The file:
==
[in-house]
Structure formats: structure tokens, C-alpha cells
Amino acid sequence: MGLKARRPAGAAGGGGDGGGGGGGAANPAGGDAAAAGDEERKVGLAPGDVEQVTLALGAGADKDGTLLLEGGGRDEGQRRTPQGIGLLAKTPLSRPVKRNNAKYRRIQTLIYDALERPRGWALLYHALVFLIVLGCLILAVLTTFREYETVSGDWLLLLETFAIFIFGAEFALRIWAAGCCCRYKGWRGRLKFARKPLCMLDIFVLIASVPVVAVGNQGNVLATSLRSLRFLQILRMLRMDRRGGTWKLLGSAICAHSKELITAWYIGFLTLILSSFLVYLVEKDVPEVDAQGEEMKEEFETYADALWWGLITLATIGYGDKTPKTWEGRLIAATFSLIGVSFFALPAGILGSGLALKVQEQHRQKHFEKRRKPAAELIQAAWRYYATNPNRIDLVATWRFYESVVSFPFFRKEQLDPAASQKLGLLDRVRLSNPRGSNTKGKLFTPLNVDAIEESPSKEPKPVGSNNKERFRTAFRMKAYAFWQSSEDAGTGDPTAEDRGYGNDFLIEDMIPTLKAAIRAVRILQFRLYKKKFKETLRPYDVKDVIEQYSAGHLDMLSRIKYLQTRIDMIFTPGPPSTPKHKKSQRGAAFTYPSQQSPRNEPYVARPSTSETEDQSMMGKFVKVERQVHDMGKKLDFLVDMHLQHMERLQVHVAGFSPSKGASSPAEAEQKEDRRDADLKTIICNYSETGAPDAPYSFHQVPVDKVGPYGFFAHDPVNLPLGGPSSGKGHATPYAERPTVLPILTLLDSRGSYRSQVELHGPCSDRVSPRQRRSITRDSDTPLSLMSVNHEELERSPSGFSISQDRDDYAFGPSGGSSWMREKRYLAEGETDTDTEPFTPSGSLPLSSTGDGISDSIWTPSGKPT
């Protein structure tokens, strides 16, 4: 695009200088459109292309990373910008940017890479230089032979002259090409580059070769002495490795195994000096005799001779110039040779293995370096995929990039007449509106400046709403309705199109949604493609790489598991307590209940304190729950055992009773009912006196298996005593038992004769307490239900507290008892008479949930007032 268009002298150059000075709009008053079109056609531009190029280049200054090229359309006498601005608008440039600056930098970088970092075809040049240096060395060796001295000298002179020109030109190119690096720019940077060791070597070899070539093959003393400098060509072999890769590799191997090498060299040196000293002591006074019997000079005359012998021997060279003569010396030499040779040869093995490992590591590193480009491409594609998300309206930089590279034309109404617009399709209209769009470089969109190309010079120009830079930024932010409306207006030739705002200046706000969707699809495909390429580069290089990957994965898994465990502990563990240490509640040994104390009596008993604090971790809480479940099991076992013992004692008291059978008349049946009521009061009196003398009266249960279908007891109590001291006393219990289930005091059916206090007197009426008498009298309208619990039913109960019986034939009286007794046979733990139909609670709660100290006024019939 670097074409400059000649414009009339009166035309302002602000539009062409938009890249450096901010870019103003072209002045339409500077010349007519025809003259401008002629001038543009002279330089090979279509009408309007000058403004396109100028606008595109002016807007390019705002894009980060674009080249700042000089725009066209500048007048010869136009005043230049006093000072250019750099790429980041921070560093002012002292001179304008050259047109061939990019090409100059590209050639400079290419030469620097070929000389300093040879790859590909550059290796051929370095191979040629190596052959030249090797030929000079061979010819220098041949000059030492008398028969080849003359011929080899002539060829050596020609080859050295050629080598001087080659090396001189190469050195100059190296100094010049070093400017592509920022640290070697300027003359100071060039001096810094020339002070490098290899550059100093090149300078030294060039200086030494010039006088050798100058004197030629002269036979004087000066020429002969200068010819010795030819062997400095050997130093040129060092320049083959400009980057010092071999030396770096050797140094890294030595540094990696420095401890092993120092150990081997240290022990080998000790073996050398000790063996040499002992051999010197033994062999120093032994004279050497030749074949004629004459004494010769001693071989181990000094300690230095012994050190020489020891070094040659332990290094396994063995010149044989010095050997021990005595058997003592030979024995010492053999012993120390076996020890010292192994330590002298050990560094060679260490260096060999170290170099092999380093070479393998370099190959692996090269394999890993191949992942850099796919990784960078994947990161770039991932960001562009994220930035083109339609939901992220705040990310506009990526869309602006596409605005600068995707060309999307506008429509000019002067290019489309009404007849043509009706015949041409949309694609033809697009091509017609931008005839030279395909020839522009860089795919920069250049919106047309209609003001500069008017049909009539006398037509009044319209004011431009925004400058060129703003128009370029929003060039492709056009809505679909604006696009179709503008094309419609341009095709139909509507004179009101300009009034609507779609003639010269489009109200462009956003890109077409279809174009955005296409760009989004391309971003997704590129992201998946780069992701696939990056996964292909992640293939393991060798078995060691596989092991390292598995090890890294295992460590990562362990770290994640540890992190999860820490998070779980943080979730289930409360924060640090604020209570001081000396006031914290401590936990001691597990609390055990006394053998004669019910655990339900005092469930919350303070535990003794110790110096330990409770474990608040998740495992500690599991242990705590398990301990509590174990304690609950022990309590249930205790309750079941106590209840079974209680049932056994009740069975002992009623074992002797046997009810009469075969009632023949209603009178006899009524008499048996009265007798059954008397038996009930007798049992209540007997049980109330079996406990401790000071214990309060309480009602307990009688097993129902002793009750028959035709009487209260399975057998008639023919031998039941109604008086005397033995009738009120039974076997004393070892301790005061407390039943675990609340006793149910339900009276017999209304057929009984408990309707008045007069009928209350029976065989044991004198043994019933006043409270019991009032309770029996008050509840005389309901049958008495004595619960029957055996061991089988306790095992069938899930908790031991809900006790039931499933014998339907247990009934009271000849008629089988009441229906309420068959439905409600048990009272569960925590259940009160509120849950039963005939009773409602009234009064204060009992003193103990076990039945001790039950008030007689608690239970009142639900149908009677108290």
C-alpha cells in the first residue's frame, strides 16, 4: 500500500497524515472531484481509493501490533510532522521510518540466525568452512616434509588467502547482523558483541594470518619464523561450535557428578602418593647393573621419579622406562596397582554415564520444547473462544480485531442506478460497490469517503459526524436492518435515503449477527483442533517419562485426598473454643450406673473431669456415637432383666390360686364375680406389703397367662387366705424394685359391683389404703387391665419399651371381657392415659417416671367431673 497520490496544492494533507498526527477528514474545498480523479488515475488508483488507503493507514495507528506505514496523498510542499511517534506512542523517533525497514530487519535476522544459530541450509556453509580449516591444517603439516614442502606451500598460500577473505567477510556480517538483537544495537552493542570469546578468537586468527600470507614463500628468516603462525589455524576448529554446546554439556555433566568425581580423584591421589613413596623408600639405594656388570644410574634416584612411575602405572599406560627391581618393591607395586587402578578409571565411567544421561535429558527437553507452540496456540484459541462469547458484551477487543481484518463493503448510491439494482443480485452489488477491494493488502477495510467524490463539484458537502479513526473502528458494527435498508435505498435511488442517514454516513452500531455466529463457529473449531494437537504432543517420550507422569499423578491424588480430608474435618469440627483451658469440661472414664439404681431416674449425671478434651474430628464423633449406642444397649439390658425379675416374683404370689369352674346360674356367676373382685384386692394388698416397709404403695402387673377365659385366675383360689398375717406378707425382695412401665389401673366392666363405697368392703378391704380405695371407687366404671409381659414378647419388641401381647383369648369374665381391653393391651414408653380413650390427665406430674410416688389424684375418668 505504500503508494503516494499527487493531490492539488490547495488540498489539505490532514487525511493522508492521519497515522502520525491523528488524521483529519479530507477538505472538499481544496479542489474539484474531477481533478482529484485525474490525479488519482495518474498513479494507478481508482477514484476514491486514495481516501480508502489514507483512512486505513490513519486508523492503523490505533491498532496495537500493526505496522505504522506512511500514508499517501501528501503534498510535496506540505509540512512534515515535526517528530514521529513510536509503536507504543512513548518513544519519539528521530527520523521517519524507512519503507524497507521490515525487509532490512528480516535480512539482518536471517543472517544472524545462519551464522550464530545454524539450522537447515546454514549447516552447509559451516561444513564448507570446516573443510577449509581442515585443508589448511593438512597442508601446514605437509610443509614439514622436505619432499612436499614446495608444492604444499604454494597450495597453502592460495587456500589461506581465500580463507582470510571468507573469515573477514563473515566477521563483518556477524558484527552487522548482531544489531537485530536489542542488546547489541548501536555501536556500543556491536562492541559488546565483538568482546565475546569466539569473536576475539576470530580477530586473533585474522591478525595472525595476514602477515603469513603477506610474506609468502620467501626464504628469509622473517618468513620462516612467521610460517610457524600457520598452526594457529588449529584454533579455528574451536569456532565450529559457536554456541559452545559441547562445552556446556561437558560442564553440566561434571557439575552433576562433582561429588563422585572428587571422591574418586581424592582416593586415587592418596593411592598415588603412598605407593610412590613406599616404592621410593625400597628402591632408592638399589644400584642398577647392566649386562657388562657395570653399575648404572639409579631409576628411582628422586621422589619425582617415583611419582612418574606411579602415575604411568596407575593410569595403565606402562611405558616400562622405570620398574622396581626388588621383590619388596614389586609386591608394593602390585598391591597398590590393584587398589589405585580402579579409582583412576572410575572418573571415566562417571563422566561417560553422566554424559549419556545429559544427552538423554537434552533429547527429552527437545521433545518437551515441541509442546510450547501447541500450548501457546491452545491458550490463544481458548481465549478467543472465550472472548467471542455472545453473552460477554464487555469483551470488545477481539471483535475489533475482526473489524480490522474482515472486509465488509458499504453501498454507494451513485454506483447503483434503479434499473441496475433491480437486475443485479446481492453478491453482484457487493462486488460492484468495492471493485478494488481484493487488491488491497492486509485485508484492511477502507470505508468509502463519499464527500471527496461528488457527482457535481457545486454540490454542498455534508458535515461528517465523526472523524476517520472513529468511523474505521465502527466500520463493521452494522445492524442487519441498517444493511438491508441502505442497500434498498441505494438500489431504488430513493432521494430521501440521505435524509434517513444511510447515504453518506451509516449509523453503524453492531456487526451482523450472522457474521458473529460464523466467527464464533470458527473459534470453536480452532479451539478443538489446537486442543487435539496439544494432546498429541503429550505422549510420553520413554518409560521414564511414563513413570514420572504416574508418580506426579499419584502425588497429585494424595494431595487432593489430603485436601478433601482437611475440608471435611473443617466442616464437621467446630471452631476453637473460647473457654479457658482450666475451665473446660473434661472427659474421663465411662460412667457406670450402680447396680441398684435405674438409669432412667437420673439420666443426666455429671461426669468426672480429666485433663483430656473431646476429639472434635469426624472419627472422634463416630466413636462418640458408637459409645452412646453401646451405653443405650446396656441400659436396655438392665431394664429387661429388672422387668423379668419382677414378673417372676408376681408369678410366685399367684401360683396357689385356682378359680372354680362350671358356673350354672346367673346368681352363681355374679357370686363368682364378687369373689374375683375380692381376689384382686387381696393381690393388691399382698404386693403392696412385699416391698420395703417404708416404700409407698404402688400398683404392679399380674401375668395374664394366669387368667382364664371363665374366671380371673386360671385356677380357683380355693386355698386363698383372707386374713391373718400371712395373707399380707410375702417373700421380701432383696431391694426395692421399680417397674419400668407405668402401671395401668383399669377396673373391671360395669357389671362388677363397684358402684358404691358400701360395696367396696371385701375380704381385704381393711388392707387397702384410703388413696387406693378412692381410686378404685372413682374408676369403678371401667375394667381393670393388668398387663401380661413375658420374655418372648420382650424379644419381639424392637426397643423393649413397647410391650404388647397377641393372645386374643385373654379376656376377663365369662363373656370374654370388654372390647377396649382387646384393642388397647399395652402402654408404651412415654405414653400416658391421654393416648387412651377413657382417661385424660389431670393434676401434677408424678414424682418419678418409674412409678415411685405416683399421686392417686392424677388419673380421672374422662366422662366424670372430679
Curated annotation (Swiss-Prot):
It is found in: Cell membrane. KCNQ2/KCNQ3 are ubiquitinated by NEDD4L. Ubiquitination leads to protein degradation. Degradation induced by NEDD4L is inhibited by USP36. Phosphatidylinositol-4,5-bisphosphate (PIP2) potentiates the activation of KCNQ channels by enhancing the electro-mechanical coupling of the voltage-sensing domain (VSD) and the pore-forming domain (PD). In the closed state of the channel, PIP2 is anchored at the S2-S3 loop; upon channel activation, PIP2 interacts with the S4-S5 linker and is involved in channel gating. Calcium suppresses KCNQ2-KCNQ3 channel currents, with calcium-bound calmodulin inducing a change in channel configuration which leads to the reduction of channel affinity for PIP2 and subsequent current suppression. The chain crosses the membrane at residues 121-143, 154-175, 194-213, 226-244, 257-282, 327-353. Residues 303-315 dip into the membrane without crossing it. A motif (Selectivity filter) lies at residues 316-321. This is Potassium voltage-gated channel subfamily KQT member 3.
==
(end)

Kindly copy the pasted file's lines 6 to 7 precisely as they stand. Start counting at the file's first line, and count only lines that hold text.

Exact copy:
Curated annotation (Swiss-Prot):
It is found in: Cell membrane. KCNQ2/KCNQ3 are ubiquitinated by NEDD4L. Ubiquitination leads to protein degradation. Degradation induced by NEDD4L is inhibited by USP36. Phosphatidylinositol-4,5-bisphosphate (PIP2) potentiates the activation of KCNQ channels by enhancing the electro-mechanical coupling of the voltage-sensing domain (VSD) and the pore-forming domain (PD). In the closed state of the channel, PIP2 is anchored at the S2-S3 loop; upon channel activation, PIP2 interacts with the S4-S5 linker and is involved in channel gating. Calcium suppresses KCNQ2-KCNQ3 channel currents, with calcium-bound calmodulin inducing a change in channel configuration which leads to the reduction of channel affinity for PIP2 and subsequent current suppression. The chain crosses the membrane at residues 121-143, 154-175, 194-213, 226-244, 257-282, 327-353. Residues 303-315 dip into the membrane without crossing it. A motif (Selectivity filter) lies at residues 316-321. This is Potassium voltage-gated channel subfamily KQT member 3.